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Program Overview (Psy.D.)

Program Overview (Psy.D.)

Chestnut Hill College offers the Doctor of Psychology (Psy.D.) degree in clinical psychology with optional concentrations in Couple, Family, and Child Therapy or Psychological Assessment. Students who complete the requirements for a concentration will receive a Certificate of Concentration in addition to the diploma at graduation.

The Doctoral Program in Clinical Psychology prepares graduates to become professional psychologists with skills in psychotherapy, psychological assessment, supervision, and consultation. The Psy.D. program follows a practitioner-scholar model of training. Students are trained in clinical skills and also acquire a broad base of academic knowledge to permit them to evaluate and contribute to the scholarly literature in the field of clinical psychology. The curriculum is based on the list of competencies developed by the National Council for Schools and Programs of Professional Psychology (NCSPP) and provides the proper academic framework for the graduate to prepare for the licensing examination in Pennsylvania and throughout the United States.

 Psy.D. Application is online. Apply NOW

Theoretical Orientation

The theoretical orientation of the Department of Professional Psychology at Chestnut Hill College is a complementary blend of psychodynamic interpersonal and systems theories. Psychodynamic interpersonal theory serves as a method for understanding the personality formation and inner psychological world of the individual. The perspective of systems theory provides students with the understanding of the ways in which individuals, families, and communities influence one another.

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Program Goals
  • To prepare students to become competent practitioners of clinical psychology by facilitating the acquisition of knowledge and skills necessary for effective clinical practice.
  • To foster respect for human diversity and to enable students to work effectively with individuals from diverse cultural backgrounds.
  • To foster ethical thinking and behavior in professional work and appreciation of legal and quality assurance principles that have an impact on clinical practice.
  • To facilitate the development of a scholarly attitude, respect for the value of empirical findings in guiding one's clinical decision-making, the ability to be effective consumers of research literature, and the ability to utilize research principles to answer clinically relevant questions.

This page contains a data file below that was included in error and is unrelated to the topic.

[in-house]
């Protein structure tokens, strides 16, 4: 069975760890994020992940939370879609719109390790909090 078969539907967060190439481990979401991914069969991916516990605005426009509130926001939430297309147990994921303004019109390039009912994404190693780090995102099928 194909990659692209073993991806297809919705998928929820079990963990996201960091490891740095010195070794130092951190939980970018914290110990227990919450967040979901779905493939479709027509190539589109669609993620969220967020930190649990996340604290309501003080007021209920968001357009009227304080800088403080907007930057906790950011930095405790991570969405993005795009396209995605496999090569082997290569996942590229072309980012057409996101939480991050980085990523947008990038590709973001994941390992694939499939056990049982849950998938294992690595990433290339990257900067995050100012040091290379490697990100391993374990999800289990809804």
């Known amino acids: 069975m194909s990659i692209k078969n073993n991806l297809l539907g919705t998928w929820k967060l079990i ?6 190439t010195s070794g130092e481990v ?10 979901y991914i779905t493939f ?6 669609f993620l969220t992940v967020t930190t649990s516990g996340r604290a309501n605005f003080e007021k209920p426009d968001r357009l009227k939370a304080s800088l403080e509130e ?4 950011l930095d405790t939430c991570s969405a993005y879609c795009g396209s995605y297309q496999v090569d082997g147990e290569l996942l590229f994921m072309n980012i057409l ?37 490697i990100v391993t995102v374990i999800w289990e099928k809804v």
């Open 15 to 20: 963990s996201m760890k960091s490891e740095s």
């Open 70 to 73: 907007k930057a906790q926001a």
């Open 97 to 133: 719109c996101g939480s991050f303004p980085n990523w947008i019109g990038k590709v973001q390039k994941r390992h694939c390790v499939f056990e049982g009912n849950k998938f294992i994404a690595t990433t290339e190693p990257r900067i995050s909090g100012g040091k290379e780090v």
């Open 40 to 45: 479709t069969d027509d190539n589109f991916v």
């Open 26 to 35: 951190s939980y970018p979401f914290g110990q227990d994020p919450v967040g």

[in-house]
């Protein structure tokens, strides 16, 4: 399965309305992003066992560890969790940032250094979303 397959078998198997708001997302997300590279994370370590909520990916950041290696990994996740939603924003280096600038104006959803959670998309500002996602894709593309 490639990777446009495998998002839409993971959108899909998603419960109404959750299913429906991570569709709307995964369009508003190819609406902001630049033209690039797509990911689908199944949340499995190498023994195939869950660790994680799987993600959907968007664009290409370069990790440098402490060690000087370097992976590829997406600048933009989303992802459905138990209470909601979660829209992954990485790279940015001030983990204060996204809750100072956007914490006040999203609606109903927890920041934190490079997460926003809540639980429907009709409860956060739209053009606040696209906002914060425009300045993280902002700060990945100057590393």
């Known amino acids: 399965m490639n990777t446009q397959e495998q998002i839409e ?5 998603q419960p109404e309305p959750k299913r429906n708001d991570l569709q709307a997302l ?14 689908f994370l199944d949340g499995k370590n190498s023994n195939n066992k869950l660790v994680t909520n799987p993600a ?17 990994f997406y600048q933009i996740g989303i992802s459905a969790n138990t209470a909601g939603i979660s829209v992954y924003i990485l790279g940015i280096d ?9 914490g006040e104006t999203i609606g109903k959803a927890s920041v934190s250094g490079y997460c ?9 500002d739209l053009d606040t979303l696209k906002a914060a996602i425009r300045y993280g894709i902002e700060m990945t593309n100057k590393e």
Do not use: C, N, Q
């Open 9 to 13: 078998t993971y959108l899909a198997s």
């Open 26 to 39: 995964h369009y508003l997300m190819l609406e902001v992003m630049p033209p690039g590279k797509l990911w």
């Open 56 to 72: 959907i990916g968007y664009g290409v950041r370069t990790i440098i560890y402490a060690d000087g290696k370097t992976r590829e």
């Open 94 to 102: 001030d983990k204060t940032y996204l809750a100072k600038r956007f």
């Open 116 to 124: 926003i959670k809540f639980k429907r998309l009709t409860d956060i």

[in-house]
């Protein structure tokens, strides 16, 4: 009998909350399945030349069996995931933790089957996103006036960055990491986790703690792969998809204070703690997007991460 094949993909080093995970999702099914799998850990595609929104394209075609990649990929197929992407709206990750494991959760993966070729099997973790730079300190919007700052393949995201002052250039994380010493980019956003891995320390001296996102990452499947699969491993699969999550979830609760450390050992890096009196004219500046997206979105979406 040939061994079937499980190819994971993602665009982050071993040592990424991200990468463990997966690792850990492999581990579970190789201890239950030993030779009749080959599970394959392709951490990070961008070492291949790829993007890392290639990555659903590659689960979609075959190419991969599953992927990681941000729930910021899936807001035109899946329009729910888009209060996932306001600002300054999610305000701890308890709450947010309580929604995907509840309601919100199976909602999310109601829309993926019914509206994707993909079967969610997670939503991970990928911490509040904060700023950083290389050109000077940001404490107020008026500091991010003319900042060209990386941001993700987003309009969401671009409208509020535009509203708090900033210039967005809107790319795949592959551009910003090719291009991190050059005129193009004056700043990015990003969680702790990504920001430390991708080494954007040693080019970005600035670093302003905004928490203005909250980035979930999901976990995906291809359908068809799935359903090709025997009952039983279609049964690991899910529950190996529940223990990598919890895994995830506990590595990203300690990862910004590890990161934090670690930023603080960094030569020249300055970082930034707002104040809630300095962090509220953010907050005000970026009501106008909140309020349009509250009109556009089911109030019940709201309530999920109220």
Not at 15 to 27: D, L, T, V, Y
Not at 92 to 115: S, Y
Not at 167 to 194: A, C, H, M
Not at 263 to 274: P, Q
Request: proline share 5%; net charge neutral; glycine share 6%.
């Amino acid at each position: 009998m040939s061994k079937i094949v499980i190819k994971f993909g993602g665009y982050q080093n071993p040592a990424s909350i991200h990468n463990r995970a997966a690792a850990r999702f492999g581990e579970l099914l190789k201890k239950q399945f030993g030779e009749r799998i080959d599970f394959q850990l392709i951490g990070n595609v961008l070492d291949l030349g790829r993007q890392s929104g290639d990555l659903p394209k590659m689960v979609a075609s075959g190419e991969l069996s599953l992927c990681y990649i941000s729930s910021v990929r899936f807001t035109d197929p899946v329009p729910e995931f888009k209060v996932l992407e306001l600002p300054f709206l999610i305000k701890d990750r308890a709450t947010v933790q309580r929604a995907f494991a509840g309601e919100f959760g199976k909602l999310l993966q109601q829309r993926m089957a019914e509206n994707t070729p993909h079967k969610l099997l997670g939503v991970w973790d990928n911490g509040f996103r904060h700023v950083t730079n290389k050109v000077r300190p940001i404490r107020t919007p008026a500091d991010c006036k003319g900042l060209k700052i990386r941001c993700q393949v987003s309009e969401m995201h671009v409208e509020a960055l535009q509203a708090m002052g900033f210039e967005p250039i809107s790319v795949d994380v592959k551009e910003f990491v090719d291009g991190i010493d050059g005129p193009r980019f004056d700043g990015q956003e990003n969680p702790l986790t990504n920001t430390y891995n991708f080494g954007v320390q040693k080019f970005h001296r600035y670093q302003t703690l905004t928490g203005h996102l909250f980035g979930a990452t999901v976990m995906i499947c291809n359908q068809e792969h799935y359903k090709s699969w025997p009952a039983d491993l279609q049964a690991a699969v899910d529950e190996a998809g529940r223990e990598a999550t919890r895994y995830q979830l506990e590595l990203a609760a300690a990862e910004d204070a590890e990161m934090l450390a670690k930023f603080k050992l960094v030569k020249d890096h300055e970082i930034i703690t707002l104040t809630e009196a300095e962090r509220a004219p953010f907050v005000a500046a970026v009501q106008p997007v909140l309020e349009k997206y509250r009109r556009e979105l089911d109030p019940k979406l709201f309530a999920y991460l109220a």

• To promote professionalism, self-awareness, and active involvement in the profession of psychology and advocacy efforts.

Each of these goals has specific objectives and competencies associated with it.  Complete list of the goals, objectives and competencies.

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Admission to the Psy.D. program is open to:
  • Applicants with a bachelor’s degree from a regionally-accredited institution and at least 12 undergraduate credits (4 courses) in psychology. These applicants enter via the M.S./Psy.D. track and earn the M.S. in Clinical Psychology en route to the Psy.D. degree.
  • Applicants with a master’s degree in clinical and/or counseling psychology, or a closely related field. These applicants may be eligible for admission directly to Year II of the Psy.D. program. For criteria for admission with Advanced Standing, see Psy.D. Program: Admissions.
  • The program will also accept a limited number of students transferring from other APA-accredited doctoral programs in clinical psychology. (See Doctoral Admissions for information relevant to these applicants.)

The Doctoral Program does not discriminate on the basis of race, color, sex, sexual orientation, gender identity, age, religion, national origin, disability, relationship status, or on the basis of any other criteria that is inconsistent with state or local laws in the administration of its educational policies, admission policies, or financial aid.

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